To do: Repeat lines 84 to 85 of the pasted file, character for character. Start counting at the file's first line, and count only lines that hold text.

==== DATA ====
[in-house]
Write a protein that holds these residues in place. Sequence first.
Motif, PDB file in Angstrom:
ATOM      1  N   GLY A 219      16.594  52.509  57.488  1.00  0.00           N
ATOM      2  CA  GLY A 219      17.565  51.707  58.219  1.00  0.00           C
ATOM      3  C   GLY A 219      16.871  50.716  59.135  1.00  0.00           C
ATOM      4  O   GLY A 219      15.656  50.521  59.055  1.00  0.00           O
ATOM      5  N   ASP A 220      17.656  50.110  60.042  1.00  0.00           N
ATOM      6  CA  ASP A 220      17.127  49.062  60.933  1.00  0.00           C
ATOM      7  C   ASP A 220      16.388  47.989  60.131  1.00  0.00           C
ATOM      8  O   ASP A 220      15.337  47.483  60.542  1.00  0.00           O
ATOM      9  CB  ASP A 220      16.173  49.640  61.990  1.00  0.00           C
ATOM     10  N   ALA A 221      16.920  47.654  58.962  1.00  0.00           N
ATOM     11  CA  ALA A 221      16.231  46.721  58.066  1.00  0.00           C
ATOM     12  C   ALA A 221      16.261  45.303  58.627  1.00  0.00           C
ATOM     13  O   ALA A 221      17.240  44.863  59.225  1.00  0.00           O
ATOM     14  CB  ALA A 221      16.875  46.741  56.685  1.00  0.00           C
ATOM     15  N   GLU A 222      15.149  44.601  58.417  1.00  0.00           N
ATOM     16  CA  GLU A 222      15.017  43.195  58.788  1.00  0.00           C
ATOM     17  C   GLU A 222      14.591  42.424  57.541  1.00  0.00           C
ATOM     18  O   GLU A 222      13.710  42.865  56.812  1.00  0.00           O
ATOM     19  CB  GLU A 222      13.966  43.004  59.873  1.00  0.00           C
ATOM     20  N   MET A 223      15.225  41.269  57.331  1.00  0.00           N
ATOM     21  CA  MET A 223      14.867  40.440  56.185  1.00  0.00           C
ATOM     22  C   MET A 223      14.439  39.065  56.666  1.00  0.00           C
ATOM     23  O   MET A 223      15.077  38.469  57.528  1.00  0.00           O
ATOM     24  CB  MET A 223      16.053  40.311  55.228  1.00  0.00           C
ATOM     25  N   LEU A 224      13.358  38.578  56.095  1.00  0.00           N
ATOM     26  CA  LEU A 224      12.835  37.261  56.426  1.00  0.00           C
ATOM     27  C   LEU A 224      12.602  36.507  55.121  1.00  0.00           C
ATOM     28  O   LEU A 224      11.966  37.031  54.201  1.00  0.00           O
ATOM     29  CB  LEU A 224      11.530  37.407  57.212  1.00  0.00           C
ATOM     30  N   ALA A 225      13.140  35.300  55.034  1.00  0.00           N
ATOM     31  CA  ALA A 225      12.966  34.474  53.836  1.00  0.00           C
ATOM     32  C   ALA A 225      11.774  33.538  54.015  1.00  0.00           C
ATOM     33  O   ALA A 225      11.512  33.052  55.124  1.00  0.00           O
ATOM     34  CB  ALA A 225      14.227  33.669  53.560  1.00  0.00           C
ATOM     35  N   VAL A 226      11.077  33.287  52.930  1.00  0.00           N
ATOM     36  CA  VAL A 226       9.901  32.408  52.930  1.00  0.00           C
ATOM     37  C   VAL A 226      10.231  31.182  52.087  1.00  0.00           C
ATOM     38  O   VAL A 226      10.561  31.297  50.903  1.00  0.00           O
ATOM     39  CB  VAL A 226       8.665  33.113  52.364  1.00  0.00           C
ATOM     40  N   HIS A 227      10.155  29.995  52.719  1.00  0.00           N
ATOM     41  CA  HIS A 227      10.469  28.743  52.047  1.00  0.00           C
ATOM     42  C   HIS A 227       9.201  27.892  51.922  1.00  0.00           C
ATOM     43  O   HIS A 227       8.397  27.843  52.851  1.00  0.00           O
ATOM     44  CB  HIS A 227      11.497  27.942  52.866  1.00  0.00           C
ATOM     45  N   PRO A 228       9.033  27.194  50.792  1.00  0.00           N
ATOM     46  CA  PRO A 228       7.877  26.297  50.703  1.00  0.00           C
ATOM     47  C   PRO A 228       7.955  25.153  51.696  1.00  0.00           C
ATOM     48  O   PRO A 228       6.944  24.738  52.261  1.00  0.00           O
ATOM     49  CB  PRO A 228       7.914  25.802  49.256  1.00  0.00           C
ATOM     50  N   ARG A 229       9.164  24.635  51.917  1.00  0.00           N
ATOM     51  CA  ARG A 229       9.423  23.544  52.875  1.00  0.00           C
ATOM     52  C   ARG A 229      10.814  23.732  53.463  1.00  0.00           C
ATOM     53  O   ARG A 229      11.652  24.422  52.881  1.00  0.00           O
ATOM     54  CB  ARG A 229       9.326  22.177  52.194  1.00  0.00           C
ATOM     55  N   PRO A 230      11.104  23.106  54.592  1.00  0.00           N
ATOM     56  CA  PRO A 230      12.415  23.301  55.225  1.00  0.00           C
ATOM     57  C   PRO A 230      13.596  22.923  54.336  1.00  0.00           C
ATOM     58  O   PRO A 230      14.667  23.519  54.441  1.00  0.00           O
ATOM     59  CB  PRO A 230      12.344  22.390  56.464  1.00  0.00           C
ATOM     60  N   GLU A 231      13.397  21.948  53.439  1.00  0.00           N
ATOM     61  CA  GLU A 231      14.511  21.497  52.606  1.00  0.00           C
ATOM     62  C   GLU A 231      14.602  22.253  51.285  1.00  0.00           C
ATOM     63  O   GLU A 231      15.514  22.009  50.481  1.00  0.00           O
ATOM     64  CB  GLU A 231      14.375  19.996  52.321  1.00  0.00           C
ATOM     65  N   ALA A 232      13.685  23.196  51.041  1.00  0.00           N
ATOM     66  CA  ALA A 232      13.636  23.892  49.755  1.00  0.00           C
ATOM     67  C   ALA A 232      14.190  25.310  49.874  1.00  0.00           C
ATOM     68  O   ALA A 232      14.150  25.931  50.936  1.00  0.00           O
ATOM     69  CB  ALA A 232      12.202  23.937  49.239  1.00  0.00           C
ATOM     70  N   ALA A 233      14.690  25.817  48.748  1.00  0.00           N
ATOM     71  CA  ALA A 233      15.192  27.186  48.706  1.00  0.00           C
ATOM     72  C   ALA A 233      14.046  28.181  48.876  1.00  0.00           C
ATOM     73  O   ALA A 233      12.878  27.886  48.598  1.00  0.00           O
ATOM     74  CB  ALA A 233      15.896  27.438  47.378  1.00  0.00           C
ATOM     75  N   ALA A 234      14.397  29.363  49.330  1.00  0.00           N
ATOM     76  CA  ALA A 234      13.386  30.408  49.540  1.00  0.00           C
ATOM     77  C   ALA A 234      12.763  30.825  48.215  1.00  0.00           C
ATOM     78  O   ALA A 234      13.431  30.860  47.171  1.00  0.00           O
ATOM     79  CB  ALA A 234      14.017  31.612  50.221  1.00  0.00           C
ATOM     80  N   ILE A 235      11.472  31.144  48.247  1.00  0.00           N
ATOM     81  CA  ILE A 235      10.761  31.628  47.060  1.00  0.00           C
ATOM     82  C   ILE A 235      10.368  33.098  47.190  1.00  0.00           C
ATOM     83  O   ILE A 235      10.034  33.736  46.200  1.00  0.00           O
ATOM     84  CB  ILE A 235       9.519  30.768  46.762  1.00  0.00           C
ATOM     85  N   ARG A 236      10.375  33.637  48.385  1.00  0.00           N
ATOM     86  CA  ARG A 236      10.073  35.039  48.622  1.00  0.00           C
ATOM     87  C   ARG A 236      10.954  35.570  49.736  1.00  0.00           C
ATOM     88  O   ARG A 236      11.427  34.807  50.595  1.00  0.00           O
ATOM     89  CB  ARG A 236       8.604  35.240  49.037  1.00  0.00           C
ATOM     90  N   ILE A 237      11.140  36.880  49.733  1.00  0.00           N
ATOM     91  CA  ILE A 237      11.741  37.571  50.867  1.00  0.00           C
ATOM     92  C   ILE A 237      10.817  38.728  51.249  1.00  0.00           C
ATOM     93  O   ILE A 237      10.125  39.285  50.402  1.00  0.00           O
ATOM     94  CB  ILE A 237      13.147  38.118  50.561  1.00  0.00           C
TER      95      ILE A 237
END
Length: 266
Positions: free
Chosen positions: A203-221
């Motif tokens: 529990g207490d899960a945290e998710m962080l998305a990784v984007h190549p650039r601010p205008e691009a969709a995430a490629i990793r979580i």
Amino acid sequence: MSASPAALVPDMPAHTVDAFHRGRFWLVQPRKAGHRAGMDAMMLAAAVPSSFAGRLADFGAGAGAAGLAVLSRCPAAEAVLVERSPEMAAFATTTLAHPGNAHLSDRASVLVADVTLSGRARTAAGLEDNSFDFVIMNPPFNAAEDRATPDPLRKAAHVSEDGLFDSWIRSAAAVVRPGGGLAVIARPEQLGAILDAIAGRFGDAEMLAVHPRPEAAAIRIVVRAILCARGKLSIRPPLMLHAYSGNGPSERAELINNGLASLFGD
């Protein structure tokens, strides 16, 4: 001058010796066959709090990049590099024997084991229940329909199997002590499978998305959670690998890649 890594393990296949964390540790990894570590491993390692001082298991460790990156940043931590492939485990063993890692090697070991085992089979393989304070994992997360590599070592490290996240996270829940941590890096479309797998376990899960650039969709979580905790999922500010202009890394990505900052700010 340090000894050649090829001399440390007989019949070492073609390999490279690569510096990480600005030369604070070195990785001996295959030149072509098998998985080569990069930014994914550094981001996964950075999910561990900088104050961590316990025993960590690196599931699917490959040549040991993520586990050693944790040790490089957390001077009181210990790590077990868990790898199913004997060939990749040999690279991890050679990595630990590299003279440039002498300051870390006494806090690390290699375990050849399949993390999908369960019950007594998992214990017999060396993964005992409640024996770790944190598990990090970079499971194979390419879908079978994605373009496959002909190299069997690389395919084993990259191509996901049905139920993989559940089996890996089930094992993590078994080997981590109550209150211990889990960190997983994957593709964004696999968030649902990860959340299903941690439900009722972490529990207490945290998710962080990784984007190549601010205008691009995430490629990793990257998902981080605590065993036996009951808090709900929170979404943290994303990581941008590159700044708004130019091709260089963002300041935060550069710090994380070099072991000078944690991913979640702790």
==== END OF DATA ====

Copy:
ATOM     81  CA  ILE A 235      10.761  31.628  47.060  1.00  0.00           C
ATOM     82  C   ILE A 235      10.368  33.098  47.190  1.00  0.00           C